balance.
         o Under most data models, changing the interest rate entails changing code
            in application programs.
         o In the object-oriented model, this only entails a change within the pay-
            interest method.
  2. Unlike entities in the E-R model, each object has its own unique identity,
     independent of the values it contains:
         o Two objects containing the same values are distinct.
         o Distinction is created and maintained in physical level by assigning
            distinct object identifiers.
Temporal Modeling


State Diagrams

State diagrams are used to describe the behavior of a system. State diagrams describe all of the
possible states of an object as events occur. Each diagram usually represents objects of a single
class and track the different states of its objects through the system.

When to Use: State Diagrams
Use state diagrams to demonstrate the behavior of an object through many use cases of the
system. Only use state diagrams for classes where it is necessary to understand the behavior of
the object through the entire system. Not all classes will require a state diagram and state
diagrams are not useful for describing the collaboration of all objects in a use case. State
diagrams are other combined with other diagrams such as interaction diagrams and activity
          1
diagrams.

How to Draw: State Diagrams
State diagrams have very few elements. The basic elements are rounded boxes representing the
state of the object and arrows indicting the transition to the next state. The activity section of the
state symbol depicts what activities the object will be doing while it is in that state.




All state diagrams being with an initial state of the object. This is the state of the object when it is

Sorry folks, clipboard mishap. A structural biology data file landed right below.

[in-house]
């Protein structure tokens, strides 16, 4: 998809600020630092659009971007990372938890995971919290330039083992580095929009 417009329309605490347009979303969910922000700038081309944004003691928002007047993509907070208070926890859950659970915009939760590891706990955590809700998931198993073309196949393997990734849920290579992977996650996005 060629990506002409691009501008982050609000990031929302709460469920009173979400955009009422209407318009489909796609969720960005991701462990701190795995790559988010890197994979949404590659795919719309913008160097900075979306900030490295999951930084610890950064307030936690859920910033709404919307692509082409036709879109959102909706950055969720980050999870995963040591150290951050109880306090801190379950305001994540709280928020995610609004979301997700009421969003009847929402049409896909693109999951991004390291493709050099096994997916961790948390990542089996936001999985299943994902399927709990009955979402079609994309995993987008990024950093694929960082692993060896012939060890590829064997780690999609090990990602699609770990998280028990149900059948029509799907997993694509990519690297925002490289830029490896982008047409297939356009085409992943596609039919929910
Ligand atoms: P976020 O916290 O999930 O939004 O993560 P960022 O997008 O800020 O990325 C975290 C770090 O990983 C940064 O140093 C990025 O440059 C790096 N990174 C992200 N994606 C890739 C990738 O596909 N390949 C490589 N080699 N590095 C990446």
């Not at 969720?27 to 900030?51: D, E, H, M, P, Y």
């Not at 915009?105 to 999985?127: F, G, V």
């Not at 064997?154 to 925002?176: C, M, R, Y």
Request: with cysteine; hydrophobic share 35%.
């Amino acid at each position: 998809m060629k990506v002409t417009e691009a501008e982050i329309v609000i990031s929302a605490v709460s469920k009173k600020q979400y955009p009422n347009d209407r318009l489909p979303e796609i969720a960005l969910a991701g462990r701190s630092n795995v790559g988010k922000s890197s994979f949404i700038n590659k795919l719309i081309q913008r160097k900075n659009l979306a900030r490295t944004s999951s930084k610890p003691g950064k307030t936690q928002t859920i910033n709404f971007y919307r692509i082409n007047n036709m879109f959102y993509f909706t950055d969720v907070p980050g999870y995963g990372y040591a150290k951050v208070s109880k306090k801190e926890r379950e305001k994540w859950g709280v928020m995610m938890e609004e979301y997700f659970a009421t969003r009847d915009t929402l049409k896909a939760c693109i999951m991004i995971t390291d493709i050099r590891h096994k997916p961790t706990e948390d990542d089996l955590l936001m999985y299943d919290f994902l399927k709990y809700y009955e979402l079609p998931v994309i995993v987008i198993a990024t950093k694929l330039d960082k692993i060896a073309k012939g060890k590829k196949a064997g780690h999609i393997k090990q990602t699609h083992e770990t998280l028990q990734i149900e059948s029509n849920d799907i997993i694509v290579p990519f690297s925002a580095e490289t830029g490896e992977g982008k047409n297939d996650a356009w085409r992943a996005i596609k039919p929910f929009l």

created. After the initial state the object begins changing states. Conditions based on the
activities can determine what the next state the object transitions to.
Below is an example of a state diagram might look like for an Order object. When the object
enters the Checking state it performs the activity "check items." After the activity is completed the
object transitions to the next state based on the conditions [all items available] or [an item is not
available]. If an item is not available the order is canceled. If all items are available then the
order is dispatched. When the object transitions to the Dispatching state the activity "initiate
delivery" is performed. After this activity is complete the object transitions again to the Delivered
state.




State diagrams can also show a super-state for the object. A super-state is used when many
transitions lead to the a certain state. Instead of showing all of the transitions from each state to
the redundant state a super-state can be used to show that all of the states inside of the super-
state can transition to the redundant state. This helps make the state diagram easier to read.

The diagram below shows a super-state. Both the Checking and Dispatching states can
transition into the Canceled state, so a transition is shown from a super-state named Active to
the state Cancel. By contrast, the state Dispatching can only transition to the Delivered state, so
we show an arrow only from the Dispatching state to the Delivered state.